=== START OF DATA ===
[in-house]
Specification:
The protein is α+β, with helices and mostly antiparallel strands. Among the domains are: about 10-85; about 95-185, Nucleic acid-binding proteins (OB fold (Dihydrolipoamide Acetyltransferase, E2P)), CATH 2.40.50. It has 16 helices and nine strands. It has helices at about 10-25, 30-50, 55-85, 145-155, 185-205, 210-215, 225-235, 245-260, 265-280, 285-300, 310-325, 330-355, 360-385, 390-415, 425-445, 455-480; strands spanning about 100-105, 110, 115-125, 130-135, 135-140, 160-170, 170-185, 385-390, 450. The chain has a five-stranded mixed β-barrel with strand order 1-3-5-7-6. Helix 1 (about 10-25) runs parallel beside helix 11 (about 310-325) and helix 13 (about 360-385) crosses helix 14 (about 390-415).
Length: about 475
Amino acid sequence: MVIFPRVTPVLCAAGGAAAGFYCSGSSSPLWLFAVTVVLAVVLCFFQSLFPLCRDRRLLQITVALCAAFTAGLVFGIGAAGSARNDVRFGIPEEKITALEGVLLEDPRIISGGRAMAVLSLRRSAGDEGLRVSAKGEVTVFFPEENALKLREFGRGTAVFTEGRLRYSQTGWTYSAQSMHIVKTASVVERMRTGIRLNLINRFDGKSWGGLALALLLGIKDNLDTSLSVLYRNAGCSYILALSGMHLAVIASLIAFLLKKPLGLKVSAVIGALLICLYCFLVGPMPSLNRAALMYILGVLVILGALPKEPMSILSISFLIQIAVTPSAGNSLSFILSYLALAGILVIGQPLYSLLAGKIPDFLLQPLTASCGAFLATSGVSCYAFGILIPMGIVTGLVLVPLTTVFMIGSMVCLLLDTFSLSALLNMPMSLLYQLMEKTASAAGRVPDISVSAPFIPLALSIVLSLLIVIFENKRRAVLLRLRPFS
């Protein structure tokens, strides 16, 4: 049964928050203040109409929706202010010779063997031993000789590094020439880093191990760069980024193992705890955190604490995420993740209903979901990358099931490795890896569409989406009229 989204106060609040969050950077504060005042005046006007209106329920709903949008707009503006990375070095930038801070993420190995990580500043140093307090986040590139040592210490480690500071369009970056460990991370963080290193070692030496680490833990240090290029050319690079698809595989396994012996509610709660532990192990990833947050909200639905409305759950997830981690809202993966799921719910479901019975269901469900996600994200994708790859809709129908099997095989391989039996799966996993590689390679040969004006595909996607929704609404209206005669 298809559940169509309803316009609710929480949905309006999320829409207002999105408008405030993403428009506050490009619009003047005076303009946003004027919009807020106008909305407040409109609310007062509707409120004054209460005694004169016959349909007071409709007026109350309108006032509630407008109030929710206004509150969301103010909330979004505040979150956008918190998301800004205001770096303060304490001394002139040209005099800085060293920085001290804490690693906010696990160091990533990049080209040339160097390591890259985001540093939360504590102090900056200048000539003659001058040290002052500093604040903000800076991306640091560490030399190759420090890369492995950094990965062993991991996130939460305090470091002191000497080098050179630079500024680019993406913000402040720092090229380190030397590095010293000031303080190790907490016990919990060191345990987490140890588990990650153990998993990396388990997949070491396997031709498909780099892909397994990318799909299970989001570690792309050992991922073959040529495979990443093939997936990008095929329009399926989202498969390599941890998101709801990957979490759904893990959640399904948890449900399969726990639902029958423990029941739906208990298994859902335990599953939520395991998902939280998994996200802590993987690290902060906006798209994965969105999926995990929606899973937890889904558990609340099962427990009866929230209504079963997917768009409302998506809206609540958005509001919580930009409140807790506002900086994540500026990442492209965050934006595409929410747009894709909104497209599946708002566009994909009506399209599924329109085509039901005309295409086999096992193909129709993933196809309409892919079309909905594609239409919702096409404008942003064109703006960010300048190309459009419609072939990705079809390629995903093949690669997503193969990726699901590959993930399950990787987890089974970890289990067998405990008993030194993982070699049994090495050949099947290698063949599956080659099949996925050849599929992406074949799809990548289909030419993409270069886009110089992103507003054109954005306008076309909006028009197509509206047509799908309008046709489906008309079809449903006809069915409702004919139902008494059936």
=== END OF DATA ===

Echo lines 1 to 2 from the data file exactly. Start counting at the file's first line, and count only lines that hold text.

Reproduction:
[in-house]
Specification: